Monday, 3 December 2012
And I actually love laundry. I used to love the folding and putting it away. Creating order, a fresh start, a job done. Now I like putting the loads on. Watching the huge piles diminish and the machine humming away. While I was pregnant I had to buy Persil again cause I couldn't cope with the "natural" smells of eco friendly laundry liquid. So I love walking past the cupboard the machine lives in and smelling the smell of "clean". But recently my absolute favourite bit is hanging the washing out.
Hanging it out takes a long time. And it involves lots of bending up and down. But I am alone - at least with a bit of personal space. I get to move and stretch. I can smell the air and the day. I have to squint into the sun and get up on my tippy toes to reach the line. It is a rotary clothesline which is stuck a bit too high for me. There is still the satisfaction of organisation (I am definitely not a fan of the random washing arrangements hubby seems to go for). I have rules I follow to try to fit as much on the line as possible and for it to dry as fast as possible. I get to look around the garden and see the bees flying in and out of the hives, the chickens scratching around and the veges growing. At the moment the "cherry on top" is looking to see if there are any ripe raspberries or strawberries. It sounds blissful, and it really is. I look around and see how over the last few years our dreams have unfolded from our minds and into our reality.
Ella loves to play in her ride on car and make up all sorts of games while I am pegging busily away. At the moment there is lots of talking to herself and her imaginary friends. I hear her talking like she is the mummy. Sometimes what she says is a little too close for comfort "Stop that Mafi!" (her imaginary friend). "You are not using your listening ears and I am getting cross". Mmm wonder who says that?
If George is awake, he doesn't quite have the stamina for a whole load of laundry. He sits in his bouncinet squinting a little at the outside, outside world. Funny how babies are born from inside tummies, to inside rooms, and then finally out into the outside world, especially July babies in New Zealand.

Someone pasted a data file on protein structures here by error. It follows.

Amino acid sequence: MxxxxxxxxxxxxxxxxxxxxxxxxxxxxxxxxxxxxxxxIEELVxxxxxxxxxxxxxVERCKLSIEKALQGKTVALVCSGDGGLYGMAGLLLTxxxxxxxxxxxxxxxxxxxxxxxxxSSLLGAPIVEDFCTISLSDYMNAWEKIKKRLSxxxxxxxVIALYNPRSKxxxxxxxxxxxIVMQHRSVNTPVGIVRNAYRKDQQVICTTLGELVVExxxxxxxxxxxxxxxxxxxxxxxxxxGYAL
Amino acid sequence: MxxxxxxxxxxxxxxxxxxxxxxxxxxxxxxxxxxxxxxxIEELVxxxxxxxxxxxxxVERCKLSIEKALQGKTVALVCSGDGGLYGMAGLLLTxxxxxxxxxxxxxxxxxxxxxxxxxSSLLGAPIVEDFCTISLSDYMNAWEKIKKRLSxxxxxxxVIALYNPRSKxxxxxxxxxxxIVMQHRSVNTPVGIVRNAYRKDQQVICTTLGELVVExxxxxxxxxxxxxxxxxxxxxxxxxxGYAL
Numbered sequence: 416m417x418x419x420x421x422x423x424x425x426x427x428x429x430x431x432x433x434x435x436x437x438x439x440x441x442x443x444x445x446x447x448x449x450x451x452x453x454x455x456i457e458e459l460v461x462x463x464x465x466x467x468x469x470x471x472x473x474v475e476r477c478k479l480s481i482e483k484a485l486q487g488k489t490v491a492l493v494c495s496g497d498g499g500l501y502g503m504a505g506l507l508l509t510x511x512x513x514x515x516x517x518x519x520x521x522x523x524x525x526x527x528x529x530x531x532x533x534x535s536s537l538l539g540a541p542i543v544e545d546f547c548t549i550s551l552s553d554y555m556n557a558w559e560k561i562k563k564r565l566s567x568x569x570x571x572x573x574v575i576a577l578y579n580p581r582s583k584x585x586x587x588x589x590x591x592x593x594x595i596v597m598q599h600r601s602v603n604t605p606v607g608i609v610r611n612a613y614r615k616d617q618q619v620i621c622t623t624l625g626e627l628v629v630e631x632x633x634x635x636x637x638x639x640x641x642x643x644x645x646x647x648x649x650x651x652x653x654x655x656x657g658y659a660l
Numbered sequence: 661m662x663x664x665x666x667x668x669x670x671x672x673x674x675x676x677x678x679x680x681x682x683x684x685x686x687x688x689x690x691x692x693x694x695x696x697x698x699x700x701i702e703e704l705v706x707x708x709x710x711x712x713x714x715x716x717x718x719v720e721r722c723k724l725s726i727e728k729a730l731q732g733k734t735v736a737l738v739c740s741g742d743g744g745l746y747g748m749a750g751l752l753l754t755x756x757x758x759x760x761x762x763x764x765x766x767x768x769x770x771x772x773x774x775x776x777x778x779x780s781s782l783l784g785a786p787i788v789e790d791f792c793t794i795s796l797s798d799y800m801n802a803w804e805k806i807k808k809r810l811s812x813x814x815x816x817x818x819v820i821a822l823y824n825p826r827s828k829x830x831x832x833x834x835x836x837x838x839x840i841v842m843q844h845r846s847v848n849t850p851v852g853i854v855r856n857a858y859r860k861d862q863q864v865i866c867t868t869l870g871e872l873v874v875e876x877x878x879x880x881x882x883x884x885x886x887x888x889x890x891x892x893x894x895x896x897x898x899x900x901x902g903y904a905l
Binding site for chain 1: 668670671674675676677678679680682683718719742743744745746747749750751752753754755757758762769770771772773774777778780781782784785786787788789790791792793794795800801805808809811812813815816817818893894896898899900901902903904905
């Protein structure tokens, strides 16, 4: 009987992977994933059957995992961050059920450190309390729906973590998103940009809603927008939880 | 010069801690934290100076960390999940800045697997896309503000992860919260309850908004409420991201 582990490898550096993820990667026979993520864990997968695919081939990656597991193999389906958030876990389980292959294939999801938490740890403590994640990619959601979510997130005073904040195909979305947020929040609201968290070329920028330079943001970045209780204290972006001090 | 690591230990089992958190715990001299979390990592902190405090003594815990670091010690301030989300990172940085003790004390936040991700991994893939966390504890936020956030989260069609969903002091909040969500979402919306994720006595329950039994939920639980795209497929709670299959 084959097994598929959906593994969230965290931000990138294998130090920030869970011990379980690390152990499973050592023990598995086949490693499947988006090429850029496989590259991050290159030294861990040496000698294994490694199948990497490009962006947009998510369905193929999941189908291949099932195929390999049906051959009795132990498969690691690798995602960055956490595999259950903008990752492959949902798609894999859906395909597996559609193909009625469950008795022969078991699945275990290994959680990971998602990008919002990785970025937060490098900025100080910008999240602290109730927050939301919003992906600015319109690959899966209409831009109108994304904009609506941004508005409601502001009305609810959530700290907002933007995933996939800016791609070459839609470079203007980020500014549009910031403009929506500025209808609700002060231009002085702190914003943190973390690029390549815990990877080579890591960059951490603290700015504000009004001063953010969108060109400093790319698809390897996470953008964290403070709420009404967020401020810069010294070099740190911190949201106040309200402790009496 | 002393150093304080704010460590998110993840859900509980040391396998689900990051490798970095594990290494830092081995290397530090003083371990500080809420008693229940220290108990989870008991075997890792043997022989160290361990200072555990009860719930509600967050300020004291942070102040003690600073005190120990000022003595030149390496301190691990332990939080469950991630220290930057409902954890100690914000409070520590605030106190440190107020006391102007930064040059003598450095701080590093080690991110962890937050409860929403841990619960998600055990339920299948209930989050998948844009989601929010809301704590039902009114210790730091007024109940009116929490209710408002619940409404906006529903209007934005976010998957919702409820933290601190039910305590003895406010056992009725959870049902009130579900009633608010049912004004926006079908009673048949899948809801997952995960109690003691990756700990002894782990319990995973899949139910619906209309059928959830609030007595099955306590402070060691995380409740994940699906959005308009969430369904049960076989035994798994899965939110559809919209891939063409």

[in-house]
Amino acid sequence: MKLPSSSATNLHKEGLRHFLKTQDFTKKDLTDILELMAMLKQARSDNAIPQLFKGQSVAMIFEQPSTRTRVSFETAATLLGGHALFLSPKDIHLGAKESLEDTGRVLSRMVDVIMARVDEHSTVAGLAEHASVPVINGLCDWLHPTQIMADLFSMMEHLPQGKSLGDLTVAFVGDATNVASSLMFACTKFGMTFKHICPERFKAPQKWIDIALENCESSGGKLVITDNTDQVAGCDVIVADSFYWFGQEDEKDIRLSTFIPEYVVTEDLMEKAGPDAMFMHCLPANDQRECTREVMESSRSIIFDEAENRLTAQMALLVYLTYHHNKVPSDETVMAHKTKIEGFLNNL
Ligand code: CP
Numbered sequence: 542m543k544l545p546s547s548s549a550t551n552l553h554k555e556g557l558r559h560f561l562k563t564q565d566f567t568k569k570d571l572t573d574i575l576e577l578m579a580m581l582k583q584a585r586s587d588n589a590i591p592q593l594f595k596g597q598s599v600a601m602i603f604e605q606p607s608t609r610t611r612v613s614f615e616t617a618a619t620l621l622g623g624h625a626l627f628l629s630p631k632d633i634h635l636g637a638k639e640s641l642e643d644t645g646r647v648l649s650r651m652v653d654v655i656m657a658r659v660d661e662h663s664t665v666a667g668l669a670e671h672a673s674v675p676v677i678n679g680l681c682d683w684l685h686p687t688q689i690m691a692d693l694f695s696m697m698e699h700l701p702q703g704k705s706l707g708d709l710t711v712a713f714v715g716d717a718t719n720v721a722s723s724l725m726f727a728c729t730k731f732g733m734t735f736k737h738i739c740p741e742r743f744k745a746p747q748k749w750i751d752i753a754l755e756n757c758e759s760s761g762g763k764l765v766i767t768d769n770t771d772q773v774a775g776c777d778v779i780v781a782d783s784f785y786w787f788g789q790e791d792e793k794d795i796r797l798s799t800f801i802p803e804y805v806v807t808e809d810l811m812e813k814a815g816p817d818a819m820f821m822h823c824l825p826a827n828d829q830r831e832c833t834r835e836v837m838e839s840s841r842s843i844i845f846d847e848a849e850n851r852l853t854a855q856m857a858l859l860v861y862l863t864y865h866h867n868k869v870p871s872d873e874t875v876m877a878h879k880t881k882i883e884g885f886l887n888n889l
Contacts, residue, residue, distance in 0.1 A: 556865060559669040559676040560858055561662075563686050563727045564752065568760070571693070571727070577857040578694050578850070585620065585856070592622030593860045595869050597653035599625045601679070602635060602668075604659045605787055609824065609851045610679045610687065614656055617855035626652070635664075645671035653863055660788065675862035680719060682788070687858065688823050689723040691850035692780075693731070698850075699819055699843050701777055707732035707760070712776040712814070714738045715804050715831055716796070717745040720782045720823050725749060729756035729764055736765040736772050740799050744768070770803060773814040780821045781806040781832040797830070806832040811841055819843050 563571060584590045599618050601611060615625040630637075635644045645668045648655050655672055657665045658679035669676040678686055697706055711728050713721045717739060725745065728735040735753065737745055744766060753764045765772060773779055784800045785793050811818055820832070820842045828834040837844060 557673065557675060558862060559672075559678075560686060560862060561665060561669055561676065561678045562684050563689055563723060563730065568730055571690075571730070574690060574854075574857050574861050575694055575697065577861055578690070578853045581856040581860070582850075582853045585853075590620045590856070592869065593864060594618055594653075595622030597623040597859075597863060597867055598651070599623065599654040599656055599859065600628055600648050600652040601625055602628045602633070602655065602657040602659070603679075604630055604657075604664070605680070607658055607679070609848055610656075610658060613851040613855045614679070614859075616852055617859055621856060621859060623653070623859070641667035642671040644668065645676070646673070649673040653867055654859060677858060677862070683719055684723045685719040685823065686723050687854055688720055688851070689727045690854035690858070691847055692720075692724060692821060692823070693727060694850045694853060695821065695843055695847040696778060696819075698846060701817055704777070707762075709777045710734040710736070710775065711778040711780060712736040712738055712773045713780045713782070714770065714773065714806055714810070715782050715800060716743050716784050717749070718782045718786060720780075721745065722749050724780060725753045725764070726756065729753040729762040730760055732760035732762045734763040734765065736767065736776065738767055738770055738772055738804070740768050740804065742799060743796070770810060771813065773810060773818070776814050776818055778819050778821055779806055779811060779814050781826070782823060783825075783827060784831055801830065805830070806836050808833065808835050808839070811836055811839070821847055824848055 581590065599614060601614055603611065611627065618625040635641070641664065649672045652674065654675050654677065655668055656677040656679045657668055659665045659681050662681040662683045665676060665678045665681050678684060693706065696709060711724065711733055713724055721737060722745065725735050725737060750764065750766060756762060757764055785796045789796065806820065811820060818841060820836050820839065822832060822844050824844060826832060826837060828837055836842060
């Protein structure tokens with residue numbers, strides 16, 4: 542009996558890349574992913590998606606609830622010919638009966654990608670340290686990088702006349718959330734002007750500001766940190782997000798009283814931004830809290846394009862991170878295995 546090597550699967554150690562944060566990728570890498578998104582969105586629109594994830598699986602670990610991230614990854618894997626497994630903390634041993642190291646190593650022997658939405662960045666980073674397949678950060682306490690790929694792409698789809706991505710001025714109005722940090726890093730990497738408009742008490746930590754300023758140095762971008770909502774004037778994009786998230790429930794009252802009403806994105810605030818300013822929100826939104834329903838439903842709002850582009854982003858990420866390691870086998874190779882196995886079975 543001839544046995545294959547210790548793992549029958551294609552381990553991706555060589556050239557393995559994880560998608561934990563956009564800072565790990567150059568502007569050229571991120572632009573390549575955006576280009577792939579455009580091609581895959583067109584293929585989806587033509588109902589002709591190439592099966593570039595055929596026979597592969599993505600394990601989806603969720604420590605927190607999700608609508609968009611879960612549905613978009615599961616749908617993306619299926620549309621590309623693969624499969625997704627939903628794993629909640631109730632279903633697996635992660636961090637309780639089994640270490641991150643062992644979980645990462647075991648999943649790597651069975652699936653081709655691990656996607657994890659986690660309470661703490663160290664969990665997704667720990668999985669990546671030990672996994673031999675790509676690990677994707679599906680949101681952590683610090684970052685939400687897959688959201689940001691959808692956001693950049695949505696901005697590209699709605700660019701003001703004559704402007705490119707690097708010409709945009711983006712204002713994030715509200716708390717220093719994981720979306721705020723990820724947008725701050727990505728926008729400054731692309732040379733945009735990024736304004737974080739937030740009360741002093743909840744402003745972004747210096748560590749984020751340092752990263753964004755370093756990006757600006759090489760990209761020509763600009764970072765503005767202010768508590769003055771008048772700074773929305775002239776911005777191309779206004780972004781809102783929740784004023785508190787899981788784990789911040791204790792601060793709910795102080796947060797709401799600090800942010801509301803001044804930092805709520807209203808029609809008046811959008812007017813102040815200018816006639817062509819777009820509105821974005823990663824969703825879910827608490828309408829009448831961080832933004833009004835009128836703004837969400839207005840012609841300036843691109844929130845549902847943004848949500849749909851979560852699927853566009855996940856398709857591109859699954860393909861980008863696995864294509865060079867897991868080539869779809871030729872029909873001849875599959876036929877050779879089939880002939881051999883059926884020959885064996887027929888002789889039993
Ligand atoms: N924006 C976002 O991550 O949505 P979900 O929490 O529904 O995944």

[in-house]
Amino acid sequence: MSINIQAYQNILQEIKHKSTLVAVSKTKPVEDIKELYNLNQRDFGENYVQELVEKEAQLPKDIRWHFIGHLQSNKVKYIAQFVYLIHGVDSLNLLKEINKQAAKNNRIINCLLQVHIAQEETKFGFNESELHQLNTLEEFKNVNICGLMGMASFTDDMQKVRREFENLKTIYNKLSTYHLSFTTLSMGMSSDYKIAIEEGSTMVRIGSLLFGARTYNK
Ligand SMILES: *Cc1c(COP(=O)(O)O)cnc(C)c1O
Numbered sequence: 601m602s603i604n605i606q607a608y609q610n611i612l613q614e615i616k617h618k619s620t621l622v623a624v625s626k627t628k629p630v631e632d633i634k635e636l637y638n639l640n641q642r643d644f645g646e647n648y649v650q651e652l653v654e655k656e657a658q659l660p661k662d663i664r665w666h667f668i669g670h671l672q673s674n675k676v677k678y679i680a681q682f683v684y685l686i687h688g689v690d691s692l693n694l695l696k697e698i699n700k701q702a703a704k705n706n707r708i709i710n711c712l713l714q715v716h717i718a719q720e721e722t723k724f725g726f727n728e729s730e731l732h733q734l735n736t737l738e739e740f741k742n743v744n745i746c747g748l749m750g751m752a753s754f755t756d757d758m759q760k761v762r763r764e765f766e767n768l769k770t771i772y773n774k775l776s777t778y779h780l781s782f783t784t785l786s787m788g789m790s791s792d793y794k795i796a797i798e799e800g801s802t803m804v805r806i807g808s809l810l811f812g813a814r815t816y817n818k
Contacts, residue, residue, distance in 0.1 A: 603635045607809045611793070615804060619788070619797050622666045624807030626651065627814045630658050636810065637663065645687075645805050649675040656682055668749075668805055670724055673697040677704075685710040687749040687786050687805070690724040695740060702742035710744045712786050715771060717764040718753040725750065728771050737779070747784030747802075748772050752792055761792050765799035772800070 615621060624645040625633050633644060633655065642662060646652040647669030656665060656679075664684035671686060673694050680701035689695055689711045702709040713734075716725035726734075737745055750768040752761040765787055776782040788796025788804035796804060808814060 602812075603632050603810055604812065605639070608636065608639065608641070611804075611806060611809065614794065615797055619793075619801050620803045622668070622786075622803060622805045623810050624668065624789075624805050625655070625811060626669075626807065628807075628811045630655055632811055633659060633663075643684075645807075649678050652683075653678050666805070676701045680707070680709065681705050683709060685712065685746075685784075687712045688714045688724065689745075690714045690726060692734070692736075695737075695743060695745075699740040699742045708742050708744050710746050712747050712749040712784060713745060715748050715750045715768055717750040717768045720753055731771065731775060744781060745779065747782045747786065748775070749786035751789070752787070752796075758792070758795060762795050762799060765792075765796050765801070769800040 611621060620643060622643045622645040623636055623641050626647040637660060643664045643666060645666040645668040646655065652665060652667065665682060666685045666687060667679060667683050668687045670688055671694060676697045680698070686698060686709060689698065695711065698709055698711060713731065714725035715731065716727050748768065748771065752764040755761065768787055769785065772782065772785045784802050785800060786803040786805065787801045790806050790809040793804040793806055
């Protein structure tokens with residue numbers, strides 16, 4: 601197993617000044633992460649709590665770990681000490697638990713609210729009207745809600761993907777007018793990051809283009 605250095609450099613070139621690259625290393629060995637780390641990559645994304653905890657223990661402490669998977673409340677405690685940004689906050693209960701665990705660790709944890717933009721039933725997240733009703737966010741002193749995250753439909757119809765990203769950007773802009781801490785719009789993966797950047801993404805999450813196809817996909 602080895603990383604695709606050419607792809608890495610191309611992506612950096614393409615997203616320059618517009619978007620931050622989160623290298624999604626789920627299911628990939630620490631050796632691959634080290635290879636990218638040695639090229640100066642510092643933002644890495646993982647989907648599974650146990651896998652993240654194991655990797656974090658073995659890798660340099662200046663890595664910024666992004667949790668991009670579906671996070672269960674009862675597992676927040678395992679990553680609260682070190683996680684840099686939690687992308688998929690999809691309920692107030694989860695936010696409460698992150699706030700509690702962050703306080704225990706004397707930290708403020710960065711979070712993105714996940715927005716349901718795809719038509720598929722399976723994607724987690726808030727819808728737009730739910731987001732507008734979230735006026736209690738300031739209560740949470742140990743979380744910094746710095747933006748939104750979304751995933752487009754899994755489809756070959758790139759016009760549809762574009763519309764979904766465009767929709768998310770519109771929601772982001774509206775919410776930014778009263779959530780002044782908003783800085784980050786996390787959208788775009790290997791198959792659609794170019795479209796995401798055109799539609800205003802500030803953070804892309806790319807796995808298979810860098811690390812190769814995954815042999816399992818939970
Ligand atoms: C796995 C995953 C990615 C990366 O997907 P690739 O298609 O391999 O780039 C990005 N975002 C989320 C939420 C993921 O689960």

Hanging out the laundry reminds me of me. That I love being outside and being at home and growing things and all this life that is around me and that I am living is what I have wanted. And sometimes I forget that. Sometimes it all gets really overwhelming and I think "Is this really me? Am I in someone else's life? Has there been some terrible mistake and I am supposed to be somewhere else?"
But with pegs in hand, creating a little order in the chaos, I remember that I love it all - the everydayness and the ordinary of it. And that we are really living it. Living our dream. I might have a lot more scars - real and invisible - than I expected, but I am still essentially me. I can trust that, even when it feels like the ground is in constant motion and I am lost.
Laundry as meditation.
Sunday, 14 October 2012
So anyway, a few weeks ago i thoughtlessly pressed share on my phone after liking a cartoon on Facebook. (I am deliberately not linking to it). Suffice to say it expressed the opinion that children shouldn't be left to cry. A friend didn't like the conclusions the cartoon drew and let me know. My friend and i had a good talk about it and all was fine but it got me thinking about some tough truths for me as a mum and the impact depression has had on me and my parenting choices and opinions.
Before Ella was born and even before we lost our first child, i had been keen to read and learn all i could about parenting. I was, and still am, really sensitive. As a child I was very sensitive to those around me and wanted to be the best parent i could be and do everything right. By the time Ella born i had a mini library of parenting books and thought i knew how it was going to be. My friends from our antenatal class and coffee group will remember well how embarassingly well informed i was. Now there is nothing wrong with being well read and informed about having kids, but i do think you need to know what is behind your need to know. And my reason was fear of hurting my child and of not doing it "right". It really had not dawned on me that there is no right way. That would have scared me even more!
Anyway, after Ella's birth i was hit with severe depression. Picture me lying on the couch, unable to sleep or eat, panic attacks whenever i breastfed and seriously contemplating suicide. I felt completely overwhelmed by this tiny new baby who was so dependent on me. I felt unable to cope and truly believed she would be better off without me as her mum. It still shocks me to think back to that time and how awful it was.
I was very lucky, in a way, to become so ill so soon after Ella's birth as i was prescribed antidepressants and felt better relatively quickly. But the foundation was already laid for how i would mother. I think the worst fear of any mother with mental illness is that your illness will badly impact on your child. And the research shows that children of mothers with depression are vulnerable to the impact of the often disrupted attachment with their mum and are at much greater risk of mental illness themselves, not just due to genetic factors. I was so afraid of Ella suffering because of me that i did everything i could to promote attachment. I wore her in a carrier, breastfed on demand, bed shared and refused to follow the advice of leaving her to cry, even when she was waking 5 or more times a night for months on end.